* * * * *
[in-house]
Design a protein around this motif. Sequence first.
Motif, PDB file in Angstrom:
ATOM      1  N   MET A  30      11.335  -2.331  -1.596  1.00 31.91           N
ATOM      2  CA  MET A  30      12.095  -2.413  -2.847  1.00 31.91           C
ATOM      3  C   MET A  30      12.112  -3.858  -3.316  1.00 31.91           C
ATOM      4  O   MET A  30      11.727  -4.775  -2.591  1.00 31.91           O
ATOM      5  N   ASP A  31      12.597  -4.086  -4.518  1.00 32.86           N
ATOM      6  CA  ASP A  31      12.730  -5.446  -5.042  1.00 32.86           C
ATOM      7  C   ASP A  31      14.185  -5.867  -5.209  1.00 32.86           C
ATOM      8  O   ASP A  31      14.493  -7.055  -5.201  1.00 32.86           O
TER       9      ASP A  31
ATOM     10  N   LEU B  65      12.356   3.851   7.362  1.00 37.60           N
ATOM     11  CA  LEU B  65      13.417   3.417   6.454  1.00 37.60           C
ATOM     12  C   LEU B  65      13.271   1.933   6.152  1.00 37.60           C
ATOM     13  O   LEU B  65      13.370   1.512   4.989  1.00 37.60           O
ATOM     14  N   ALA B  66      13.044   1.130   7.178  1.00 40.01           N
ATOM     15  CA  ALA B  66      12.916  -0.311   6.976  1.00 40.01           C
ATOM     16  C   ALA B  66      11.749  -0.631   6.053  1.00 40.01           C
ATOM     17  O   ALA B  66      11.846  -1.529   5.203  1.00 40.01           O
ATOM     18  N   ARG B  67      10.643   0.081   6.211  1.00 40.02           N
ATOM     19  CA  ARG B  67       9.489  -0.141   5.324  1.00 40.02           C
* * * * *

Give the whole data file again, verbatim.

[in-house]
Design a protein around this motif. Sequence first.
Motif, PDB file in Angstrom:
ATOM      1  N   MET A  30      11.335  -2.331  -1.596  1.00 31.91           N
ATOM      2  CA  MET A  30      12.095  -2.413  -2.847  1.00 31.91           C
ATOM      3  C   MET A  30      12.112  -3.858  -3.316  1.00 31.91           C
ATOM      4  O   MET A  30      11.727  -4.775  -2.591  1.00 31.91           O
ATOM      5  N   ASP A  31      12.597  -4.086  -4.518  1.00 32.86           N
ATOM      6  CA  ASP A  31      12.730  -5.446  -5.042  1.00 32.86           C
ATOM      7  C   ASP A  31      14.185  -5.867  -5.209  1.00 32.86           C
ATOM      8  O   ASP A  31      14.493  -7.055  -5.201  1.00 32.86           O
TER       9      ASP A  31
ATOM     10  N   LEU B  65      12.356   3.851   7.362  1.00 37.60           N
ATOM     11  CA  LEU B  65      13.417   3.417   6.454  1.00 37.60           C
ATOM     12  C   LEU B  65      13.271   1.933   6.152  1.00 37.60           C
ATOM     13  O   LEU B  65      13.370   1.512   4.989  1.00 37.60           O
ATOM     14  N   ALA B  66      13.044   1.130   7.178  1.00 40.01           N
ATOM     15  CA  ALA B  66      12.916  -0.311   6.976  1.00 40.01           C
ATOM     16  C   ALA B  66      11.749  -0.631   6.053  1.00 40.01           C
ATOM     17  O   ALA B  66      11.846  -1.529   5.203  1.00 40.01           O
ATOM     18  N   ARG B  67      10.643   0.081   6.211  1.00 40.02           N
ATOM     19  CA  ARG B  67       9.489  -0.141   5.324  1.00 40.02           C